Britain said on Thursday that it would ban arrivals from Latin American countries and Portugal over fears of a coronavirus variant discovered in Brazil.
In recent weeks, British authorities have already struggled to contain the spread of a different coronavirus variant discovered in Britain that is more contagious than its predecessors.
At least two coronavirus variants are currently circulating in Brazil, and at least one has slipped its borders, traveling to Japan.
Japanese authorities found one of those variants in four people traveling from Brazil earlier this week. The variant contains a mutation that has been linked with higher contagiousness, similar to the variant found in Britain and another in South Africa.
Like the variant found in South Africa, the one exported from Brazil to Japan also carries a mutation that may weaken the efficacy of vaccines. This same mutation has also been identified in the other coronavirus variant recently discovered in Brazil.
Experts have cautioned, however, that it would be very difficult for new variants of the coronavirus to evade vaccines entirely.
The British ban is set to come into effect on Friday at 4 a.m., the transportation secretary Grant Shapps said on Twitter. “Travel from Portugal to the U.K. will also be suspended given its strong travel links with Brazil,” Mr. Shapps added, although truck drivers transporting essential goods from Portugal will be exempted.
Britain has already banned flights from South Africa. Brazil banned flights from Britain on Christmas Day.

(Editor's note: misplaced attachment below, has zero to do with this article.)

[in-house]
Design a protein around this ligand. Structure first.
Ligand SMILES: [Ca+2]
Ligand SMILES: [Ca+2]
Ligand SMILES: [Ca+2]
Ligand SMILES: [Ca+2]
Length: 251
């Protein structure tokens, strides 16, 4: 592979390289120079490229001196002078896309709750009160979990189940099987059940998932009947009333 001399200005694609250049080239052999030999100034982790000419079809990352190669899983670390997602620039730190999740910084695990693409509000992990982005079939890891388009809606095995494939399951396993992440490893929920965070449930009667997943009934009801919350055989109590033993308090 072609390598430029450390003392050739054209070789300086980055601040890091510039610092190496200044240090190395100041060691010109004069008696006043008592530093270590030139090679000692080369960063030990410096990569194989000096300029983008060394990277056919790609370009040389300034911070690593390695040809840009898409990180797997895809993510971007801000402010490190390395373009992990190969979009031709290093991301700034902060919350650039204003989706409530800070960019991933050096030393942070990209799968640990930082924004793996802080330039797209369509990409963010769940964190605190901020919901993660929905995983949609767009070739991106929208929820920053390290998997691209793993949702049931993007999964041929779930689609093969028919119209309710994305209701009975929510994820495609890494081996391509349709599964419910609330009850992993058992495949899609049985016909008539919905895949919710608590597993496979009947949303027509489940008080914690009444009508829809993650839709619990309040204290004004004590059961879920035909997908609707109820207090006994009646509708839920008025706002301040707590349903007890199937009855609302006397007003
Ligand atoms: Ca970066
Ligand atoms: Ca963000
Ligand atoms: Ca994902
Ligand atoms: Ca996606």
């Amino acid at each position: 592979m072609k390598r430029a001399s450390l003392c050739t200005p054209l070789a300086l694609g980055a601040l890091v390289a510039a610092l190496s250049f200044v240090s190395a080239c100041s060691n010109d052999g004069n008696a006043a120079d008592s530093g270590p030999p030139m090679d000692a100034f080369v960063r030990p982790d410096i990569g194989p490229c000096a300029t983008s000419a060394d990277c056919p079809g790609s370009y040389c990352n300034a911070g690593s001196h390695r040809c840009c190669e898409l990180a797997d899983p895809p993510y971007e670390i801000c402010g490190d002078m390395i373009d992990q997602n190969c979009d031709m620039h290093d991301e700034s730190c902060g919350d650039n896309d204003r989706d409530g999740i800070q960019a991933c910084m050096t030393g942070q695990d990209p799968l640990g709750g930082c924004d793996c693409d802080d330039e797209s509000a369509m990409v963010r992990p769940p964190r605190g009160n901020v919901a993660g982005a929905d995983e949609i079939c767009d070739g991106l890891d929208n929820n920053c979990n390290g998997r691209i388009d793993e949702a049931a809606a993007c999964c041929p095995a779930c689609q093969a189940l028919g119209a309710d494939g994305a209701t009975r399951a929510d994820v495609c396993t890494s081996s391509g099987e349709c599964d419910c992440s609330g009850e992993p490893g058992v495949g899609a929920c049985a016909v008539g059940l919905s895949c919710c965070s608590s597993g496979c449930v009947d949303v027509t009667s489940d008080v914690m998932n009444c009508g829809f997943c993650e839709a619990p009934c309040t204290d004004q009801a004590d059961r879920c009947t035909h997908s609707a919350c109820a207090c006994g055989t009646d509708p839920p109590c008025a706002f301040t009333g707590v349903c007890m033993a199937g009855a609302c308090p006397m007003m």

British authorities have come under criticism from opposition lawmakers for delaying a travel ban from Latin America, but they have argued that implementing such measures takes time, and that travelers coming from these countries had to quarantine for 10 days upon arrival.
“What we need to ensure is that when we make these very, very important decisions that have a huge impact on people’s personal lives, but also businesses, we have got to have a little bit of time,” the Home Office junior minister Victoria Atkins said on Sky News.
In the past week, Britain has faced some of its deadliest days since the beginning of the pandemic, and health authorities have warned that the country’s health care system was on the brink of collapse. Authorities have warned that they may tighten nationwide lockdown measures if the public doesn’t stay at home.
Britain has reported nearly 85,000 deaths, the heaviest death toll in Europe.